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Troubleshooting Theory (Basic)

Jimmy AndrewsFounder, What2do.Live

Troubleshooting is such a day to day activity, inside and out of IT, that most of us never think twice about it. For example, if your TV isn't turning on, most of us will check the remote first to be sure that the batteries are good. Next, we'll usually try turning the TV on with the button. And if that doesn't work, check the power cord to see if it is plugged in. There you have it, troubleshooting 101. These steps can be used to troubleshoot anything, not just in the Information Technology industry.


1.Identify the problem.

This is usually a very broad piece of info and just gives you a starting point and eventually a direction. An example of this would be 'my internet isn't working.'

2.Identify the 'parts' involved.

This should be a loose list of things such as hardware, software, peripherals, ports, protocols, systems, technologies, etc.

3.Isolate the potential issue, what is really going on?

Sometimes things aren't always what they seem. Look for related 'things' to the problem that may use the same technologies. There may be more than one thing wrong that hasn't been recognized yet, and those multiple things wrong could hasten your solution. For instance, your internet may not be working, but neither is your email. Instead of your browser being the simplest thing to start with, now the network connection is, and you just saved yourself a boatload of time. Isolating the issue will take you the longest amount of time. Be very particular and purposeful in this step and ask a lot of questions.

4.Start with the simplest thing first.

This is a no brainer, but many times overlooked because you may say to yourself 'that possibly couldn't be the fix, it's too obvious.' Well, that is definitely a flawed thought process, so deprogram yourself from saying such statements. A good 90% of all issues can be resolved by addressing the simplest thing first.

5.When complete, identify the root cause.

The issue and the root cause of the issue are two separate things. The root cause is responsible for the issue at hand. It could be user error or a particular configuration of a system that isn't compatible with everything around it. Root causes can be very easy to fix, such as a faulty network cable. It can also be very complicated, hard to identify and hard to fix, such as a faulty firmware install on a network switch that is responsible for 50% of all corporate network traffic, where it only effects Windows XP SP1 machines irregularly. Root cause fixes can potentially be costly and time drainers. Sometimes root causes are not worth the fix, but knowing the root cause will allow you to identify similar issues and reduce your troubleshooting time. Many issues can successfully be resolved by bypassing the root cause.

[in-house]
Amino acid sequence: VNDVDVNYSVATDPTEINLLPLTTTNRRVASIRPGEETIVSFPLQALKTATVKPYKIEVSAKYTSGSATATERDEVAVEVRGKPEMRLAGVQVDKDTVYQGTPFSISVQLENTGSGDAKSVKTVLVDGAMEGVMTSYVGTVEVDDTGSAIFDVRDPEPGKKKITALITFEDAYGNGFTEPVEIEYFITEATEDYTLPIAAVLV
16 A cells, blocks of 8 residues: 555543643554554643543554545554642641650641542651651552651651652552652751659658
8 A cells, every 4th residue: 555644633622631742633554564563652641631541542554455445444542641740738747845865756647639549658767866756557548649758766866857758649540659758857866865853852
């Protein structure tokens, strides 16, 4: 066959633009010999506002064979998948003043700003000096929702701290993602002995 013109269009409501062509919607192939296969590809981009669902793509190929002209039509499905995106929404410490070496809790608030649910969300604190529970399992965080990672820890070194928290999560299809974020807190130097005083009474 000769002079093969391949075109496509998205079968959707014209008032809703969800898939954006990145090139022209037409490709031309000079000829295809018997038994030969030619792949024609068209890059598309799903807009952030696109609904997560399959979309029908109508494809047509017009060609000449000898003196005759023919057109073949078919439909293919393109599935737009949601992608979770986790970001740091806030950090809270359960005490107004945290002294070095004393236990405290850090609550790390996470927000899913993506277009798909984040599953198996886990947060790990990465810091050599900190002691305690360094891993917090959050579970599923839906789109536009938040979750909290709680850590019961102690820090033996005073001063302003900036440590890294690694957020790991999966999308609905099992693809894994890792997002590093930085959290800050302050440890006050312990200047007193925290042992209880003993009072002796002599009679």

It is important to note that many of us troubleshoot under intense pressure to resolve the issue in a timely manner. Pressure from the user, pressure from your management and usually pressure from other departments. Although you should not ignore them, you should remember that providing a solution to the issue is just as important as keeping your chain of command up to date. Each above step should have a corresponding notification sent to all parties involved. DO NOT RUSH, this will be counter productive and actually increase the time to your solution. If you're troubleshooting in an environment that is very complex, rushing will most likely lead to compounding issues and more problems.


Be calm, you are troubleshooting the issue because chances are, you are the local expert on the issue. However, no one expects you to know everything. Usually the expectation is that you know how to find the solution even if it isn't readily available in your knowledge bank. Be very methodical in your work and if you have the ability, recruit other professionals around you to check your thought process and work. Everybody misses something sometimes, we are human after all.


Another area to consider is conversing in definites. If there is one thing that I have learned, speaking in definites does more harm than good with the relationships you have around you. If you go and say that you know what the issue is without following the above steps and you are wrong, your credibility slowly erodes away. Tell them that you have an idea of a starting point and keep everyone up to date. If you run into a speed bump or you find out your initial evaluation was incorrect, be forthcoming and continue to move forward. Know your audience, if they are not technical, then don't give a technical explanation.

Jimmy AndrewsFounder, What2do.Live

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